Diseases analyzed: HIV/AIDS, hepatitis B, hepatitis C, chlamydia, gonorrhea, syphilis, tuberculosis (TB)

New York City zip codes with rates of disease in the top quintile of all zip codes

Diseases: HIV/AIDS, hepatitis B, hepatitis C, chlamydia, gonorrhea, syphilis, TB

Sources: 2010 HIV/AIDS, Communicable Disease, STD and TB surveillance data

Epi Data Brief, No. 20 Page 2

Strategic data sharing to identify co-occurrence of disease

The New York City Department of Health and Mental Hygiene’s Division of Disease Control has implemented the Centers for Disease Control and Prevention (CDC) "Program Collaboration and Service Integration" (PCSI) initiative. PCSI is a strategic framework to strengthen collaboration across HIV/AIDS, viral hepatitis, STD and TB programs and to offer integrated services to the public. For more information, visit: www.cdc.gov/nchstp/programintegration/default.htm

Surveillance data are collected and analyzed independently by separate disease-specific programs within many health departments across the US, including in New York City. Therefore, the sharing of data across programs is essential to identifying neighborhoods with co-occurring high rates of infectious diseases.

Hepatitis B1 and TB2 disproportionately impact people born outside of the United States. In NYC, many neighborhoods with a large foreign-born population have high rates of TB and hepatitis B:

In Queens, 12 zip codes are in the top quintile for both hepatitis B and TB; these zip codes are in Flushing-Clearview, West Queens, Fresh Meadows, Bayside-Little Neck and Ridgewood-Forrest Hills. In six of these 12 zip codes, the majority of residents were born outside the US.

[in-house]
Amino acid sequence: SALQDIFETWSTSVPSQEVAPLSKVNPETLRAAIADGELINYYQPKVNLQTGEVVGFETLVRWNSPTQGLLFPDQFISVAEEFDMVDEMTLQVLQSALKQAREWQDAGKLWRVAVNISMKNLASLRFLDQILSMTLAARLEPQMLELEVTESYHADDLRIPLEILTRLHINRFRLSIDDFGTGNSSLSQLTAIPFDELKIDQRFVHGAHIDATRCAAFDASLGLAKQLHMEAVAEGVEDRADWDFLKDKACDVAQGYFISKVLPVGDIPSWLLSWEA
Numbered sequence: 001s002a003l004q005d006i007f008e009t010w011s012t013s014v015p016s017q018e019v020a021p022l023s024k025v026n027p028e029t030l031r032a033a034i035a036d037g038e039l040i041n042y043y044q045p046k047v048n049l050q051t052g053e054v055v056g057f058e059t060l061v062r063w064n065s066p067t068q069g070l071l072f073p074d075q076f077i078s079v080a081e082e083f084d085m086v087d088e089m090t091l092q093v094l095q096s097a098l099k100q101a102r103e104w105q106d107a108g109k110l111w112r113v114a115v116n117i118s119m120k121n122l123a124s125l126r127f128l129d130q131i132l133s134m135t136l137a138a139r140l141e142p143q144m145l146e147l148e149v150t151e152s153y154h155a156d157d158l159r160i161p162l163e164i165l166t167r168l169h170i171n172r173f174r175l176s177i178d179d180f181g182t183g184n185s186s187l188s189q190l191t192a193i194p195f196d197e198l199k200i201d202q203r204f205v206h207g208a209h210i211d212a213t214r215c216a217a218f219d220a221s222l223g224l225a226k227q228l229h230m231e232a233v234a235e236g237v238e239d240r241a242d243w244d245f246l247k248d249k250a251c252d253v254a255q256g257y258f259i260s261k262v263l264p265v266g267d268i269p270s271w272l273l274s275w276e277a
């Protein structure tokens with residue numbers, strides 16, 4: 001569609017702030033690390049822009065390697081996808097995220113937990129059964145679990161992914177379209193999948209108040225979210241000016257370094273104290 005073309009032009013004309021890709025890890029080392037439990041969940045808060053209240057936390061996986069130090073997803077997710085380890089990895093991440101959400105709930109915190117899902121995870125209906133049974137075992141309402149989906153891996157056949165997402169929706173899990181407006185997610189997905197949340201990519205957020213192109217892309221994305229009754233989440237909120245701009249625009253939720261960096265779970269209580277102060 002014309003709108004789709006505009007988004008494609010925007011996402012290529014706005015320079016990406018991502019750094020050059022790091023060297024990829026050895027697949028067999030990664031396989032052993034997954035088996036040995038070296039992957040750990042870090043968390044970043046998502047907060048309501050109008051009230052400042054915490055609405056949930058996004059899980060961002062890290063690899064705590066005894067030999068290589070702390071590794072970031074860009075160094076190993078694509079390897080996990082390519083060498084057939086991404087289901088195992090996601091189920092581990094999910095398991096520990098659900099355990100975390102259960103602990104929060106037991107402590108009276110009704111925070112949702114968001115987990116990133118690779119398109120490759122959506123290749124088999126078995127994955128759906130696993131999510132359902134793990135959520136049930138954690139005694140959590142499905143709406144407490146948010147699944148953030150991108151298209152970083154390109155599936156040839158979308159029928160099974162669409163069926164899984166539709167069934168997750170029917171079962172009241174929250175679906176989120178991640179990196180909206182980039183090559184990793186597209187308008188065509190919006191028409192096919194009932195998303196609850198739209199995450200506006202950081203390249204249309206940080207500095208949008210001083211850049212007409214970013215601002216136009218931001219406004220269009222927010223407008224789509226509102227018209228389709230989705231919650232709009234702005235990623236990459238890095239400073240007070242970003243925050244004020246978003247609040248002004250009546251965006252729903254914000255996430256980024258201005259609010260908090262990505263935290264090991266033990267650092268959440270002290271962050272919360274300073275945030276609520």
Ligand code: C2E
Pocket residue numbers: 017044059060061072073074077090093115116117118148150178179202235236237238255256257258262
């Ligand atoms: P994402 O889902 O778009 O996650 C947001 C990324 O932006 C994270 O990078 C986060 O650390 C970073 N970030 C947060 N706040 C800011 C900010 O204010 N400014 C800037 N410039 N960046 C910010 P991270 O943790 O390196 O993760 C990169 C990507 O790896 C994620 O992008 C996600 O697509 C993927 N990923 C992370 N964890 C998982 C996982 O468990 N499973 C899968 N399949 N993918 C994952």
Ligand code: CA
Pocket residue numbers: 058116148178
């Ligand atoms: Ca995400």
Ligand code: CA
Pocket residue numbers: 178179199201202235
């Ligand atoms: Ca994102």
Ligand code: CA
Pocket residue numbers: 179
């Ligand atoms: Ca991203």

Brooklyn has three zip codes in the top quintile for hepatitis B and TB, each with a foreign-born population between 46-50%. These zip codes are in the neighborhoods of Sunset Park, Bensonhurst-Bayridge and Borough Park.

Several zip codes are in the top quintile for HIV/AIDS and other sexually transmitted diseases: In 20 zip codes, HIV/AIDS and syphilis are in the top quintile; 13 of these 20 zip codes are in Manhattan, in the neighborhoods of Chelsea-Clinton, Central Harlem-Morningside Heights, East Harlem, Washington Heights-Inwood and Greenwich Village-SoHo.

In 19 zip codes, HIV/AIDS is in the top quintile with both chlamydia and gonorrhea. These zip codes are primarily in the South Bronx, North-Central Brooklyn, and Northern Manhattan, which are areas with high rates of poverty.

 

Data Sources